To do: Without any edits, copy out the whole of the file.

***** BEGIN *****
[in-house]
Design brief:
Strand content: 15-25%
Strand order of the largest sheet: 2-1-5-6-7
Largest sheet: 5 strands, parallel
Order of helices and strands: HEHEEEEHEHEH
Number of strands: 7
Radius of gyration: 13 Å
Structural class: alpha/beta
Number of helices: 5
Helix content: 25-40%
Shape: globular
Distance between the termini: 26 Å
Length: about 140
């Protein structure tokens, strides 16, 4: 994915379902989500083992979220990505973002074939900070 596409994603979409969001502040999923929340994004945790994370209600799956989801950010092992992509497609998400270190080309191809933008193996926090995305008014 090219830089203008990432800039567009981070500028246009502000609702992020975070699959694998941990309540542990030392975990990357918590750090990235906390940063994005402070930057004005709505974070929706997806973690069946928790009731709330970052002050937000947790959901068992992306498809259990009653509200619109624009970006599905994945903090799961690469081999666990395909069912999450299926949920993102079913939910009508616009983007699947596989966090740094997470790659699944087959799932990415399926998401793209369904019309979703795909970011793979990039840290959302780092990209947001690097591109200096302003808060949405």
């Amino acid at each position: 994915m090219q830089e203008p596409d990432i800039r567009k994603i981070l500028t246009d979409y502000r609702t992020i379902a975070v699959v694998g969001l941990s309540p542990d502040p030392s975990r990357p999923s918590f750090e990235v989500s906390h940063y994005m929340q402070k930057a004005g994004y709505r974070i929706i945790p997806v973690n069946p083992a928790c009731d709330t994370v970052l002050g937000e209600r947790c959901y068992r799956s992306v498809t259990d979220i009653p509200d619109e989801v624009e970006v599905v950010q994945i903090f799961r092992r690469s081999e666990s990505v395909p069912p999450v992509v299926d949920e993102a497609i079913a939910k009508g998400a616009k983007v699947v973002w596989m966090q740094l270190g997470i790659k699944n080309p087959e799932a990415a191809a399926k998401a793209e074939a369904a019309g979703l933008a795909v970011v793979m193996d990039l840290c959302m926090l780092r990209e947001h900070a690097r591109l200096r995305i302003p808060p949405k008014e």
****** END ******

[in-house]
Design brief:
Strand content: 15-25%
Strand order of the largest sheet: 2-1-5-6-7
Largest sheet: 5 strands, parallel
Order of helices and strands: HEHEEEEHEHEH
Number of strands: 7
Radius of gyration: 13 Å
Structural class: alpha/beta
Number of helices: 5
Helix content: 25-40%
Shape: globular
Distance between the termini: 26 Å
Length: about 140
């Protein structure tokens, strides 16, 4: 994915379902989500083992979220990505973002074939900070 596409994603979409969001502040999923929340994004945790994370209600799956989801950010092992992509497609998400270190080309191809933008193996926090995305008014 090219830089203008990432800039567009981070500028246009502000609702992020975070699959694998941990309540542990030392975990990357918590750090990235906390940063994005402070930057004005709505974070929706997806973690069946928790009731709330970052002050937000947790959901068992992306498809259990009653509200619109624009970006599905994945903090799961690469081999666990395909069912999450299926949920993102079913939910009508616009983007699947596989966090740094997470790659699944087959799932990415399926998401793209369904019309979703795909970011793979990039840290959302780092990209947001690097591109200096302003808060949405």
């Amino acid at each position: 994915m090219q830089e203008p596409d990432i800039r567009k994603i981070l500028t246009d979409y502000r609702t992020i379902a975070v699959v694998g969001l941990s309540p542990d502040p030392s975990r990357p999923s918590f750090e990235v989500s906390h940063y994005m929340q402070k930057a004005g994004y709505r974070i929706i945790p997806v973690n069946p083992a928790c009731d709330t994370v970052l002050g937000e209600r947790c959901y068992r799956s992306v498809t259990d979220i009653p509200d619109e989801v624009e970006v599905v950010q994945i903090f799961r092992r690469s081999e666990s990505v395909p069912p999450v992509v299926d949920e993102a497609i079913a939910k009508g998400a616009k983007v699947v973002w596989m966090q740094l270190g997470i790659k699944n080309p087959e799932a990415a191809a399926k998401a793209e074939a369904a019309g979703l933008a795909v970011v793979m193996d990039l840290c959302m926090l780092r990209e947001h900070a690097r591109l200096r995305i302003p808060p949405k008014e």